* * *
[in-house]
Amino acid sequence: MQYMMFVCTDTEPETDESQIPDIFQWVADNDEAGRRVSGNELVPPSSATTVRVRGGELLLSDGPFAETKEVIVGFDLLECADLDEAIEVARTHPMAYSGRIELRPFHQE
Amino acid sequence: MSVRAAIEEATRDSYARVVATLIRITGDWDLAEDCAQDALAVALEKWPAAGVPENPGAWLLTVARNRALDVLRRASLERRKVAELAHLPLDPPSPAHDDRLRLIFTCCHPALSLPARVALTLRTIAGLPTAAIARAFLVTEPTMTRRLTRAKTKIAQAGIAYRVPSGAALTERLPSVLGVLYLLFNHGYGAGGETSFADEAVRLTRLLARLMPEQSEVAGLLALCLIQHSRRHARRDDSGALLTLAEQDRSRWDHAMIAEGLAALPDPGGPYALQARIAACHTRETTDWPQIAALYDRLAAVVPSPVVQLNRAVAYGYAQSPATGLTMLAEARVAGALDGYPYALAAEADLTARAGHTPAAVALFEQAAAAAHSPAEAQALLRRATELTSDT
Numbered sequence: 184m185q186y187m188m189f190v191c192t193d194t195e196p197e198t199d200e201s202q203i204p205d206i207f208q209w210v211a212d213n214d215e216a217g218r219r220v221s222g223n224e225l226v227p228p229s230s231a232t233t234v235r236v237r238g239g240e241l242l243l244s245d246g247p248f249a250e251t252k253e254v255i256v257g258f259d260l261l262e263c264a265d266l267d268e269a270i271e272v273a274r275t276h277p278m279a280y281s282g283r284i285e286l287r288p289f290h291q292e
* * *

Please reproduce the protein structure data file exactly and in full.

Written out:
[in-house]
Amino acid sequence: MQYMMFVCTDTEPETDESQIPDIFQWVADNDEAGRRVSGNELVPPSSATTVRVRGGELLLSDGPFAETKEVIVGFDLLECADLDEAIEVARTHPMAYSGRIELRPFHQE
Amino acid sequence: MSVRAAIEEATRDSYARVVATLIRITGDWDLAEDCAQDALAVALEKWPAAGVPENPGAWLLTVARNRALDVLRRASLERRKVAELAHLPLDPPSPAHDDRLRLIFTCCHPALSLPARVALTLRTIAGLPTAAIARAFLVTEPTMTRRLTRAKTKIAQAGIAYRVPSGAALTERLPSVLGVLYLLFNHGYGAGGETSFADEAVRLTRLLARLMPEQSEVAGLLALCLIQHSRRHARRDDSGALLTLAEQDRSRWDHAMIAEGLAALPDPGGPYALQARIAACHTRETTDWPQIAALYDRLAAVVPSPVVQLNRAVAYGYAQSPATGLTMLAEARVAGALDGYPYALAAEADLTARAGHTPAAVALFEQAAAAAHSPAEAQALLRRATELTSDT
Numbered sequence: 184m185q186y187m188m189f190v191c192t193d194t195e196p197e198t199d200e201s202q203i204p205d206i207f208q209w210v211a212d213n214d215e216a217g218r219r220v221s222g223n224e225l226v227p228p229s230s231a232t233t234v235r236v237r238g239g240e241l242l243l244s245d246g247p248f249a250e251t252k253e254v255i256v257g258f259d260l261l262e263c264a265d266l267d268e269a270i271e272v273a274r275t276h277p278m279a280y281s282g283r284i285e286l287r288p289f290h291q292e